Irish companies have their (confit) ducks in a row
All in a label: The story behind the ducks, the farmers and the process
Duck leg confit.
West Cork or Monaghan? Skeaghanore or Silver Hill? Those seem to be the options when it comes to choosing ready-cooked duck from most supermarkets here.
It’s not a bad choice given the quality of the products from these two farms.
But what can you tell from the packaging on their products?
Silver Hill Farm is probably the best-known duck producer in the country and its own label, Slow-cooked Confit duck legs, can be seen in such shops as SuperValu.
The packaging tells the story of how Ron and Lyla Steele set up the business in 1962 before handing over to their son Stuart. It now produces more than four million ducks a year mostly for export. The packaging also says: “Exclusive Irish Silver Hill duck, 100 per cent natural and Irish. Fresh from the family farm and fed on a natural diet.”
Exclusive seems like an odd word choice when discussing a duck, until you know that there is a Silver Hill breed, which was developed at the farm in Emyvale and is reared there.
To claim that the product is “100 per cent natural” might seem a stretch. But this marketing term is not used lightly. The Food Safety Authority of Ireland offers guidance on what is acceptable when using it, including that the ingredients were “formed by nature” and have not have been significantly interfered with. This stacks up as the ingredients are simply duck (97 per cent), seasoning and duck fat. The seasoning is sugar, salt, garlic and spices. There are no other additives or preservatives.
The packaging also says: “Complete traceability.” This refers to the fact that the birds are reared, processed and cooked at Silver Hill’s own facility. That is confirmed by the farm’s Bord Bia identity code of IE 801 EC as seen in the circle below the address.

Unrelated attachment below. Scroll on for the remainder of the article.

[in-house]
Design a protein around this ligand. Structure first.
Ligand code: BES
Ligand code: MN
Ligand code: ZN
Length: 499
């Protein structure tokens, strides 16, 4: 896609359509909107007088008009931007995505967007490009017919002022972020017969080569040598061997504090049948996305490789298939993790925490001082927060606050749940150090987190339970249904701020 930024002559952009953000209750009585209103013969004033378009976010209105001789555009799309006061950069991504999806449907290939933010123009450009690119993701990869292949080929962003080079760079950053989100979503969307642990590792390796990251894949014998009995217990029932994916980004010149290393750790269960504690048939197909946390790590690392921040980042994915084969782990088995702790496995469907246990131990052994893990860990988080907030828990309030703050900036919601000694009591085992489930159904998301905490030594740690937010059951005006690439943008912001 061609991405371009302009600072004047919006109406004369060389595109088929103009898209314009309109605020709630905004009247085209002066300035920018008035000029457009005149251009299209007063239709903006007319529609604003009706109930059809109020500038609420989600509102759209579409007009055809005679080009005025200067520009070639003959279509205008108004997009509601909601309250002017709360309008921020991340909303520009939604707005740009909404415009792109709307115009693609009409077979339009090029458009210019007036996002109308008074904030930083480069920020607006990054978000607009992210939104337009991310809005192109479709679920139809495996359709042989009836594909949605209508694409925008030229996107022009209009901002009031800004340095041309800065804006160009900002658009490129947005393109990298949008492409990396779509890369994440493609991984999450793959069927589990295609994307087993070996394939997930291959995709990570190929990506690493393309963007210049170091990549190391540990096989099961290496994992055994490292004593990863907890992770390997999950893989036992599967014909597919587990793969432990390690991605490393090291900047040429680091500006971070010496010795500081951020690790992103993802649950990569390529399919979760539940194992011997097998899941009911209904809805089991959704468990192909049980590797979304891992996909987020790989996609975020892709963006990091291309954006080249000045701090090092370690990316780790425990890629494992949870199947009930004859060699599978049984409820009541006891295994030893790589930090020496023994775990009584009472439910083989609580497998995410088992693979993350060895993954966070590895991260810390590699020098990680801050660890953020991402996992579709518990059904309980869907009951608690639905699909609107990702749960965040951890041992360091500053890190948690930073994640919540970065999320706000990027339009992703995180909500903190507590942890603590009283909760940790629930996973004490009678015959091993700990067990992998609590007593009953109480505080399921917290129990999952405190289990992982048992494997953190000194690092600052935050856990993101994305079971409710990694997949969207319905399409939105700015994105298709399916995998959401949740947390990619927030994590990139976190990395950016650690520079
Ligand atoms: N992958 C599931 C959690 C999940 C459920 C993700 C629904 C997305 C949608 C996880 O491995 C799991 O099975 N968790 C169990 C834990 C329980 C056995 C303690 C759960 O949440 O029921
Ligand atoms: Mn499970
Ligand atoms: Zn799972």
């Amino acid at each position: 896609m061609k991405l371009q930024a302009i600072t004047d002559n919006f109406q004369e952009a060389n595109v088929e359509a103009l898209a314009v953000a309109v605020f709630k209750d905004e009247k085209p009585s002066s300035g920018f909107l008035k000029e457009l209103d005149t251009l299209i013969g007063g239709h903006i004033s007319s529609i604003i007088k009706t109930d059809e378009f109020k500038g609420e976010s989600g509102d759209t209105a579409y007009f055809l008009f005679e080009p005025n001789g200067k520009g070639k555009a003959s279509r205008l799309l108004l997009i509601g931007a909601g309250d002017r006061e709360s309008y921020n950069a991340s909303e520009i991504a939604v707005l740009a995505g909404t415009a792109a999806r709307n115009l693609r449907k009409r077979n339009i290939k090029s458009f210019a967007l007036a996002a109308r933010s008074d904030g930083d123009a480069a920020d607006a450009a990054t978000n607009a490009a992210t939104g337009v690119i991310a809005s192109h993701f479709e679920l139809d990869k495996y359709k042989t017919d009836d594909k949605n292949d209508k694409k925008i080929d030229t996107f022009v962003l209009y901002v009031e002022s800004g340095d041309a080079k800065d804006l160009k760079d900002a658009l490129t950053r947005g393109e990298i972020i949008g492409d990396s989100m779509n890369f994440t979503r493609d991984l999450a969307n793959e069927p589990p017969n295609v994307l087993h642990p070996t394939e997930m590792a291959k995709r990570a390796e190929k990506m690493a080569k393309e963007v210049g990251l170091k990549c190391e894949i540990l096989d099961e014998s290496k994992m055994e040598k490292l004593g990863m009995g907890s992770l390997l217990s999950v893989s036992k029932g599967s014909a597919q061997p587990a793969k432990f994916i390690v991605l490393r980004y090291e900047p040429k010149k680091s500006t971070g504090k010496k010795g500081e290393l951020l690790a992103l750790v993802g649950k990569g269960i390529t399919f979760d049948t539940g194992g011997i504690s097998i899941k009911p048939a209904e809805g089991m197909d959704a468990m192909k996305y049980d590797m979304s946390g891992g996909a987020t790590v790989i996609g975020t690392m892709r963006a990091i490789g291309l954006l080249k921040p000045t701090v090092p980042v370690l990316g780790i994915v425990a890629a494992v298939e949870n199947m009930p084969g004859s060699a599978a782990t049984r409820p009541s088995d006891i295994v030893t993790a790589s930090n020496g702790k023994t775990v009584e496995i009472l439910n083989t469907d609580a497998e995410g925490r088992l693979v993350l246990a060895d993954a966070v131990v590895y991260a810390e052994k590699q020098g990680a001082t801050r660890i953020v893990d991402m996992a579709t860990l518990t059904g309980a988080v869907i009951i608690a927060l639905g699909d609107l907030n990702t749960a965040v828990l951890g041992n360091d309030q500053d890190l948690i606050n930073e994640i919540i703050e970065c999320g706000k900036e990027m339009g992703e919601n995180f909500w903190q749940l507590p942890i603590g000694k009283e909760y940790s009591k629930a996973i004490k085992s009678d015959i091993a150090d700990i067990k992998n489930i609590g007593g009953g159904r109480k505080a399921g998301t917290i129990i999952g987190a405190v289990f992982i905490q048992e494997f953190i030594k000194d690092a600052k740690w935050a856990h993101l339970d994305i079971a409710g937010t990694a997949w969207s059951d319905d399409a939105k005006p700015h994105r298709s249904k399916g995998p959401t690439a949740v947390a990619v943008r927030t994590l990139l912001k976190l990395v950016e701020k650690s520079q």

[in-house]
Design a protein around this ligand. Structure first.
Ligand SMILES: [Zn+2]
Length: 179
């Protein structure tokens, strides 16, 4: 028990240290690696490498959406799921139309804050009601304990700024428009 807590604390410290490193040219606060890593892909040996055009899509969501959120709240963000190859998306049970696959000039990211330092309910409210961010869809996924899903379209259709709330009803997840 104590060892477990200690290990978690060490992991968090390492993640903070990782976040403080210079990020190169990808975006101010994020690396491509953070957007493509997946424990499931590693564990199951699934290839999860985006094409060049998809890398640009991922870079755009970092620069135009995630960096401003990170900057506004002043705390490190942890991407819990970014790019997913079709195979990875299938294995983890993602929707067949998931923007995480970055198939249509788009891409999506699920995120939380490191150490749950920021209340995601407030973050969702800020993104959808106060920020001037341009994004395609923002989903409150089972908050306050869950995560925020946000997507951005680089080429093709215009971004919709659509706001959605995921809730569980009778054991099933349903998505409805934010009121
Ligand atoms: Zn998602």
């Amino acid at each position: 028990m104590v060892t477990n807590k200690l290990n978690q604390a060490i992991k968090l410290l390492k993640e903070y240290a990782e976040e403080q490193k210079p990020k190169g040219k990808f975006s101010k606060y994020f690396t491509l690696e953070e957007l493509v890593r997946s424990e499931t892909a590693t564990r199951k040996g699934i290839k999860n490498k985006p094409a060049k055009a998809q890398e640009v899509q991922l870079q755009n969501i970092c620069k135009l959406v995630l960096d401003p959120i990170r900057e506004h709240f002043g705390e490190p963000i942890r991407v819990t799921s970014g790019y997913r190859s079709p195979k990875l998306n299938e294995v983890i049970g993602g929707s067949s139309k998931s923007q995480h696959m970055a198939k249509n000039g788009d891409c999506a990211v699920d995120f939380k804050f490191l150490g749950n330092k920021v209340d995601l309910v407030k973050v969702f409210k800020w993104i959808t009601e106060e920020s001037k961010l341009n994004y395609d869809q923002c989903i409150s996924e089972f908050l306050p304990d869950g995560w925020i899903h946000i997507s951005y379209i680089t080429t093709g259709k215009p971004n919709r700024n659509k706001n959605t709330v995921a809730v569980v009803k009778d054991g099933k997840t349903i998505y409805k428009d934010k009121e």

It also says there is “no added water”, which is good to hear as some poultry producers inject water into their birds to make them heavier and juicier.
Silver Hill also supplies own-brand duck products for a number of supermarkets such as Aldi’s Specially Selected and Lidl’s Deluxe ranges. What intrigued me is that the Silver Hill branded packaging simply says, “Winner Best Food Awards”. That seems a bit vague as the Lidl Deluxe packaging has three food award stamps: Great Taste 2016, 2017 and Blas na hEireann 2016.
So is the Lidl version better? No, it’s as similar as it can be, allowing for the fact that the awards were judged quite some time ago and those particular ducks are long gone. In addition, it’s up to the retailer whether they enter the product for those competitions and then put the stamps on the packaging if they win.
Skeaghanore’s products, which sell in Dunnes Stores under the Simply Better brand, don’t have any awards mentioned on the label. That’s not to say that its duck doesn’t deserve any. On the website, you will see recent awards from Blas na hEireann for the confit duck legs, as well as Great Taste and the Irish Food Writers Guild for other duck products such as smoked duck breast. Owner Helena Hickey says it is simpler to keep the website and Facebook page updated than cluttering up the packaging.
Skeaghanore farm, which is near Ballydehob and has been breeding ducks for sale since 1994, is a much smaller operation than Silver Hill’s and it processes tens of thousands of ducks a year. Its confit duck legs have no unusual additives or preservatives either. As they are cooked, chilled and sealed on site, there is no need.
The number in the circle on the back of the box – IE 2894 EC – tells you that it is a “low-throughput” slaughterhouse and meat processor doing cutting, ready-to-eat and storage all in Co Cork. This is explained on the website of the Food Safety Authority of Ireland.
Silver Hill was sold to Fane Valley, an agri-food giant based in Co Armagh, earlier this year, though management has stayed with the operation. Fane Valley, a farmer-owned co-operative with an annual turnover of about £500 million (€560 million), had been supplying animal feed to Silver Hill for 20 years. Whether the sale will affect the ducks remains to be seen. Skeaghanore is still owned by the Hickey family and there are other producers too.
Confit duck legs are expensive, but then Ireland is a high-cost economy for business and the price you pay for duck isn’t going on commercials featuring Hollywood stars.